Archive for January, 2008

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Boundaries bleed, frames erased: Deep Trance in Potatoland

Deep Trance Behavior in Potatoland

Kills me to miss even one of Richard Foreman’s productions. The digerati think they understand multimedia, but until you’ve experienced one of Foreman’s Theater Machines you don’t understand the potential of multiple media. If you live in the New York City area, secure tickets immediately to see Deep Trance Behavior in Potatoland. The New York Times provides a nice photo gallery of the production and Ben Brantley provides a review of the performance. Foreman integrates digital film, live performance, non-linear text, funhouse sets and explosive thought into an evening of the highest form of entertainment.

At the other end of the spectrum is The Flea Theater’s production of Peter Handke’s “Offending The Audience.”  A group of actors take the stage and announce that there will be no play. They are not characters. The stage does not represent another place. Time passes as it does in real life. There is no illusion.

Foreman goes to the maximum, stuffing the stage with imagery, words, visions, poetry; Handke strips it all away, exposes the real moment of time existing between performers and audience, and then he takes that opportunity to tell us what he thinks of us. Boundaries bleed, frames are erased, we experience a shock to the deep trance of our lives.

Visualizing Performance: Tadeusz Rozewicz’s White Marriage

White Marriage by Rozewicz

Ever since I studied theater direction in college, I’ve been fascinated by Polish theater, and the posters created for the performances. Many years ago I saw a production of Rozewicz’s White Marriage at the Odyssey Theater in Los Angeles. The images and poetry of the performance remain with me to this day. To find and purchase a Polish theater poster once required a quest. Today, you can buy them online

Bergman’s Little World: The Toy Theater

The complete version of Ingmar Bergman’s Fanny and Alexander is stunning from the opening frame. Alexander peering through his toy theater sets the stage for the drama that unfolds. The theme of the “little world” and the “big world” that surrounds it continues to recur throughout the story. The little world is the extended family of the theater; the big world is larger world beyond their control. The story takes place in the years before World War I. 

Design Thinking: Zeldman to Buxton to Gillmor

This thread of thought bounced from Zeldman to Buxton to Gillmor.

Jeffrey Zeldman wrote a post about how Apple should hire itself out to fix the awful state of user interface in a number of devices. My immediate reaction was that there’s no reason that good UI should be unique to Apple. Jobs and Ive just start at a different point than most manufacturers. The question really comes down to where the power lies with regard to design thinking in an organization, and at what level design decisions are made (or not made). At Apple the answer is very clear.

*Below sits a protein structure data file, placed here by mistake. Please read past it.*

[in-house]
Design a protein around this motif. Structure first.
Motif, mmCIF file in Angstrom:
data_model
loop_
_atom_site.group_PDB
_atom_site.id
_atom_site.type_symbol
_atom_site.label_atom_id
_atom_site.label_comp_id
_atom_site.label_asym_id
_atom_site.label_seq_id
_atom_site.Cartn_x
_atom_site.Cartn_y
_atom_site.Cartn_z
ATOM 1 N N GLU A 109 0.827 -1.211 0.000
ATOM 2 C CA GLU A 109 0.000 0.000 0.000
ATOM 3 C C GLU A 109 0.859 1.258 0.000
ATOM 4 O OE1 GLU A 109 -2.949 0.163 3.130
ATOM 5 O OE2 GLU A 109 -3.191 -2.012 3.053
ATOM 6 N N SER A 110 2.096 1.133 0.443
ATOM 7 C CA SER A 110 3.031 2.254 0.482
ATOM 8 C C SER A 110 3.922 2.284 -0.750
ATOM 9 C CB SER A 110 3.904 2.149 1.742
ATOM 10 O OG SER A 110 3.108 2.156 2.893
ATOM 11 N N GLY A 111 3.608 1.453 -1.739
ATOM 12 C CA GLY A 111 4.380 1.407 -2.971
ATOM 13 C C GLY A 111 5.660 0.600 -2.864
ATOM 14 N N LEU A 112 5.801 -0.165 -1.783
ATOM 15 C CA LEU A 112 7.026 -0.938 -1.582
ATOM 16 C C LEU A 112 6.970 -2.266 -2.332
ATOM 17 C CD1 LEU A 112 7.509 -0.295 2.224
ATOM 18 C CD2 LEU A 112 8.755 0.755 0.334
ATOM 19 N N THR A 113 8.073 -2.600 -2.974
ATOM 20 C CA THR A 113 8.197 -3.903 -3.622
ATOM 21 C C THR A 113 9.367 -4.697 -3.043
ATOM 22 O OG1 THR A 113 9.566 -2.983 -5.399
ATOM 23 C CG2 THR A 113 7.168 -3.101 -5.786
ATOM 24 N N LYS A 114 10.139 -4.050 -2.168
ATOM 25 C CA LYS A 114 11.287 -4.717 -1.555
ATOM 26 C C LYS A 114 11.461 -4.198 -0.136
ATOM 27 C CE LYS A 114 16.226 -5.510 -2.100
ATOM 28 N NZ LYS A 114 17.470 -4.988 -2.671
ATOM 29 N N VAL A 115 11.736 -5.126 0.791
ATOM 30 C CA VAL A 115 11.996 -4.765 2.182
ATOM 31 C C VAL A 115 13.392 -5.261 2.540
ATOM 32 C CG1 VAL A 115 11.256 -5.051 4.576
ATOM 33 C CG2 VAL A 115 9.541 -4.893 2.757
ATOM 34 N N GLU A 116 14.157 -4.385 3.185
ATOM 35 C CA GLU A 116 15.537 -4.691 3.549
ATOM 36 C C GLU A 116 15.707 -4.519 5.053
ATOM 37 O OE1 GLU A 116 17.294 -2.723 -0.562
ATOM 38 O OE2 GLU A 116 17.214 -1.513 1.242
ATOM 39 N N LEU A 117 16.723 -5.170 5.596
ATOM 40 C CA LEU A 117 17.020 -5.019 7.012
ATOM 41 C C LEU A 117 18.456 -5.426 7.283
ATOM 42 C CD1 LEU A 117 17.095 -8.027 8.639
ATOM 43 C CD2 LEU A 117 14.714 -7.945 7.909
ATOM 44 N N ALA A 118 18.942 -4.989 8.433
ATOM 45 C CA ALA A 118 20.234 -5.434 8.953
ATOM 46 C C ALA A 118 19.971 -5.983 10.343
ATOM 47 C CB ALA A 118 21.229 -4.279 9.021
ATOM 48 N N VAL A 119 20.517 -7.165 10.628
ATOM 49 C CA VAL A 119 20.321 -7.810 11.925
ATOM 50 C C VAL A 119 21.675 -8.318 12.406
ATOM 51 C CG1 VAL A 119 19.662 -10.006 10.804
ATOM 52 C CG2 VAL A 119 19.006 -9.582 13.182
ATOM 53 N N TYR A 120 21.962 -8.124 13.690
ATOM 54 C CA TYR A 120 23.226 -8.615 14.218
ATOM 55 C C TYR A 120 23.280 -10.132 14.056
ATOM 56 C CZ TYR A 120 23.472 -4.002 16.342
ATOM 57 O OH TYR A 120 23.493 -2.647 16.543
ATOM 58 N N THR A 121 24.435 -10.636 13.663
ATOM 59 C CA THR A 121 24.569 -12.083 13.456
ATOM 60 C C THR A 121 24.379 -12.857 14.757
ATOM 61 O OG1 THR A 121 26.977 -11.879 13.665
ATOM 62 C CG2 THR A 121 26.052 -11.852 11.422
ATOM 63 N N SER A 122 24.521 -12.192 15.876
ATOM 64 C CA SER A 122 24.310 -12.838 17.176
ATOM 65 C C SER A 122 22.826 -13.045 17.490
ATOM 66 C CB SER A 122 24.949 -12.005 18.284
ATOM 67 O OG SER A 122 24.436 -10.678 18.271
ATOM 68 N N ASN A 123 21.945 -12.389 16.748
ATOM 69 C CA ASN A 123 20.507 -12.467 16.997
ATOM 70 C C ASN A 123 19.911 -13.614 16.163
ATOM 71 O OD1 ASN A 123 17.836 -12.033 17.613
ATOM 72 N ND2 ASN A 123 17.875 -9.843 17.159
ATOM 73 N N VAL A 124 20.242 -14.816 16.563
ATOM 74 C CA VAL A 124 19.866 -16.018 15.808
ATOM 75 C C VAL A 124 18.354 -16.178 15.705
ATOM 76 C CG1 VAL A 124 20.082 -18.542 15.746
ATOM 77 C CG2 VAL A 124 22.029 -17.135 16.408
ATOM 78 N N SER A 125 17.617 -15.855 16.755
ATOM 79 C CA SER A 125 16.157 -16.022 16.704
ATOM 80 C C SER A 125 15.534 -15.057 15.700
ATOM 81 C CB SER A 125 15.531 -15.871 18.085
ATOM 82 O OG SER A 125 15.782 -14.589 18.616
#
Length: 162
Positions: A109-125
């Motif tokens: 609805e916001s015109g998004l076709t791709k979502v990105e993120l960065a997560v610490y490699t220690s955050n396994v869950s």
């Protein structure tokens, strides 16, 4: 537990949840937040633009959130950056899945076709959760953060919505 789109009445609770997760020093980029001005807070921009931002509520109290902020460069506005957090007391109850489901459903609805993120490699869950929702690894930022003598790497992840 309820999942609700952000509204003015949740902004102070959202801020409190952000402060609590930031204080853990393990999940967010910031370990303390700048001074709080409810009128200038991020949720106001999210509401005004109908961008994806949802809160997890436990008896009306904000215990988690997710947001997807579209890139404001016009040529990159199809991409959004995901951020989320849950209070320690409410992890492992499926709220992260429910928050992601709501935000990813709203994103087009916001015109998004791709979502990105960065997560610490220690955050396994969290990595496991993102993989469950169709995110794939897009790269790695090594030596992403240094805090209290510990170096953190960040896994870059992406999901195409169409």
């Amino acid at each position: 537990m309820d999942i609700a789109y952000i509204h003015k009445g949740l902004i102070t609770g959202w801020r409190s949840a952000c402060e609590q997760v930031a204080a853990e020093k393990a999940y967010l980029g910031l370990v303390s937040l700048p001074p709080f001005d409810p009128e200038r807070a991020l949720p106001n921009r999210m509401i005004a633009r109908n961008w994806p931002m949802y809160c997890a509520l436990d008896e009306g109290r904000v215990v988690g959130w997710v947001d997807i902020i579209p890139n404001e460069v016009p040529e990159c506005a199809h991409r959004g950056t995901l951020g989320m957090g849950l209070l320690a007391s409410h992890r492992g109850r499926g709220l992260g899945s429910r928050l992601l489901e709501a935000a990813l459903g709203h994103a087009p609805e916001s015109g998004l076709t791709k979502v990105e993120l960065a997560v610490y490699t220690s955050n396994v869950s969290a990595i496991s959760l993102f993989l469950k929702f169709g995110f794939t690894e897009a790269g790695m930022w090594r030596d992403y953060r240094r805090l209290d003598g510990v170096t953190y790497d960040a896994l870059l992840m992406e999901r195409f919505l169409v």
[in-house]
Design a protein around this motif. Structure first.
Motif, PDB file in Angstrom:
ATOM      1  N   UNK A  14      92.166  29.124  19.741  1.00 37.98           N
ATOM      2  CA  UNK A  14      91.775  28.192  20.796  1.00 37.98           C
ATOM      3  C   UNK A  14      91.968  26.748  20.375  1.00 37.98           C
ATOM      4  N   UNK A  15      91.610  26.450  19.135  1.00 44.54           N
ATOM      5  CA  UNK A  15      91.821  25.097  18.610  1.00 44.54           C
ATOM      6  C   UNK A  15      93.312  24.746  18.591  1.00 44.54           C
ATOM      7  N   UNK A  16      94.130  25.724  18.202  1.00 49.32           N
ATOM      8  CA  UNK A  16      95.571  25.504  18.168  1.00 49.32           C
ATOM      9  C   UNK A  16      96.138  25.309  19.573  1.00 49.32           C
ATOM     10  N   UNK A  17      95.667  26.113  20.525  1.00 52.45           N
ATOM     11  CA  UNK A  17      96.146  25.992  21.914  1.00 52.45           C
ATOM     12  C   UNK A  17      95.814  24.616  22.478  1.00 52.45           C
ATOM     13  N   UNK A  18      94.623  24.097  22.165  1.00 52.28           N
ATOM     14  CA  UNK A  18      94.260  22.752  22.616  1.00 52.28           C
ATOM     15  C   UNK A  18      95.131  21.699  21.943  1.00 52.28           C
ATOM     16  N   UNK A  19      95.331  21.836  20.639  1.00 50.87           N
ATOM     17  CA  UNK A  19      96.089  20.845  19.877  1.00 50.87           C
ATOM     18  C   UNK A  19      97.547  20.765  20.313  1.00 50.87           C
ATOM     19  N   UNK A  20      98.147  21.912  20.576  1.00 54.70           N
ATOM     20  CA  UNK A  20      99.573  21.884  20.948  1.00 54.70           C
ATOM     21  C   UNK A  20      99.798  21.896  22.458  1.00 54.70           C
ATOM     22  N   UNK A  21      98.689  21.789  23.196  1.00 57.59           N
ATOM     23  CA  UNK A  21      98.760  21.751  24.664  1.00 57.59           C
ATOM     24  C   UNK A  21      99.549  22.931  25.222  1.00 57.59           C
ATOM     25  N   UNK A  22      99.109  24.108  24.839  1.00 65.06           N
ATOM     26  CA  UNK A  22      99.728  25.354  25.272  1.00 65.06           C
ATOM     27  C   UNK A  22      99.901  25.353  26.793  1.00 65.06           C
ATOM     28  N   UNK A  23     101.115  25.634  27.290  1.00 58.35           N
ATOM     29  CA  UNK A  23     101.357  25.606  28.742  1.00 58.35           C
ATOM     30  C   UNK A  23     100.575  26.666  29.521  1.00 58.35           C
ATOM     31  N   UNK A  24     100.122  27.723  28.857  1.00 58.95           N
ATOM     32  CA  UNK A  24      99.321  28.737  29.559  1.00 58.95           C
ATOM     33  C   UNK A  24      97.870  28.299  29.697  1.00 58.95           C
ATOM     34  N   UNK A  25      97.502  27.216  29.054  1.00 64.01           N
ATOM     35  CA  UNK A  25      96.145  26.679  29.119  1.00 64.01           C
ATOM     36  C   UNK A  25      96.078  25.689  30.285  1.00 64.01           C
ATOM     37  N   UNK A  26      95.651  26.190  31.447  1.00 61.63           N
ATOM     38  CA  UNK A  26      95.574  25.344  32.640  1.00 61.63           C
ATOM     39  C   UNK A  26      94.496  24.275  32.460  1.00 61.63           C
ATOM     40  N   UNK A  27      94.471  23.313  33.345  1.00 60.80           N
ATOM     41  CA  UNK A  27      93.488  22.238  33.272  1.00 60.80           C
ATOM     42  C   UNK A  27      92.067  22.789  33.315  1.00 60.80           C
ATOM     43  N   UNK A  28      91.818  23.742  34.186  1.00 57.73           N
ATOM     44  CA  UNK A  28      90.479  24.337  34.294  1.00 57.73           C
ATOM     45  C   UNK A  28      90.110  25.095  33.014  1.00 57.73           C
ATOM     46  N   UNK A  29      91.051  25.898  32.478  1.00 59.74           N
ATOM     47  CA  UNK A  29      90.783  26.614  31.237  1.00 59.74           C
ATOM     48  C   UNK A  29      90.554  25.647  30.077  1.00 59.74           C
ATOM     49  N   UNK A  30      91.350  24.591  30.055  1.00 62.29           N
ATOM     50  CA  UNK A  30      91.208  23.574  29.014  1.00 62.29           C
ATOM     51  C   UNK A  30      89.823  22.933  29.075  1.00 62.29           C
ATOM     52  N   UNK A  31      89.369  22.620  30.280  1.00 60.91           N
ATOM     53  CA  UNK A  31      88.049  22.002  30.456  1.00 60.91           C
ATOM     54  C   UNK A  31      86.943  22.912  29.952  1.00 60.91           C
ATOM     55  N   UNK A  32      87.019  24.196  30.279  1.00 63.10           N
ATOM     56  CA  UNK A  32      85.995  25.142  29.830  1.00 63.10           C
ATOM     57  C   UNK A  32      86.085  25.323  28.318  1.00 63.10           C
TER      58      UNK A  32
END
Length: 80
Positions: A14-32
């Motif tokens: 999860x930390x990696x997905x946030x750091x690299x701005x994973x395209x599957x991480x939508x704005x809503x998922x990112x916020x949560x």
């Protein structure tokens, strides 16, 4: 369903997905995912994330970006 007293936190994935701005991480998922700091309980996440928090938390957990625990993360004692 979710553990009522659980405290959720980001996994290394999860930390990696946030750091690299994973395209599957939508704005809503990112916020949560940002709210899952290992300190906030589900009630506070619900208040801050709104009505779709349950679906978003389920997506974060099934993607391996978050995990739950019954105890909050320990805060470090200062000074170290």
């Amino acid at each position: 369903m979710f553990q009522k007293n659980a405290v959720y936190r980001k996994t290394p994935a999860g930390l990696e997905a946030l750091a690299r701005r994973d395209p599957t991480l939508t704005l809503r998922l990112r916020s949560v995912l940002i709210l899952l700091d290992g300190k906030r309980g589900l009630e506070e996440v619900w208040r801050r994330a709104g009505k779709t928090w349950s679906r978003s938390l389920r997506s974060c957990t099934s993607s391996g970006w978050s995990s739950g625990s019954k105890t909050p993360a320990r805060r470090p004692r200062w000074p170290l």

This lead me to a lecture by Bill Buxton at Stanford’s HCI program. I wasn’t able to attend in person, but a video of Buxton’s lecture is available through iTunes University. Buxton’s lecture provides the link between industrial design and software interface design– the interface is now part of the form factor. Buxton has been hired to change the design culture of Microsoft. That’s a tall order, but I give them credit for bringing Buxton on board. His ideas about understanding the transitions between states, and the journey from sketching to prototype are very important.

Steve Gillmor chronicles the transition of software applications from the hard drive to the cache / cloud. His latest prediction is that Silverlight will become the rich internet application runtime of choice for the new MacBook Air and the iPhone. Clearly it won’t be Flash or Java. The Ajax apps are already there, but more richness is always better. If Microsoft plays it right, they could find a path into their next incarnation. MS Office may be dead, but Ray Ozzie’s Live Office is yet to be born.

The reason that no phone or computer manufacturer can compete with Apple is they don’t understand what design thinking is or why it’s important to their organization. Phones are designed by a set of pipes, the telecommunications network makes the design decisions. Computer and software interface design is still dominated by the hardware, it’s designed back to front. Until the value of design is understood, and the hardware stops designing the software, Apple will have no competition. It’s all about the ratio of features to features used. Apple leads the field by a mile.

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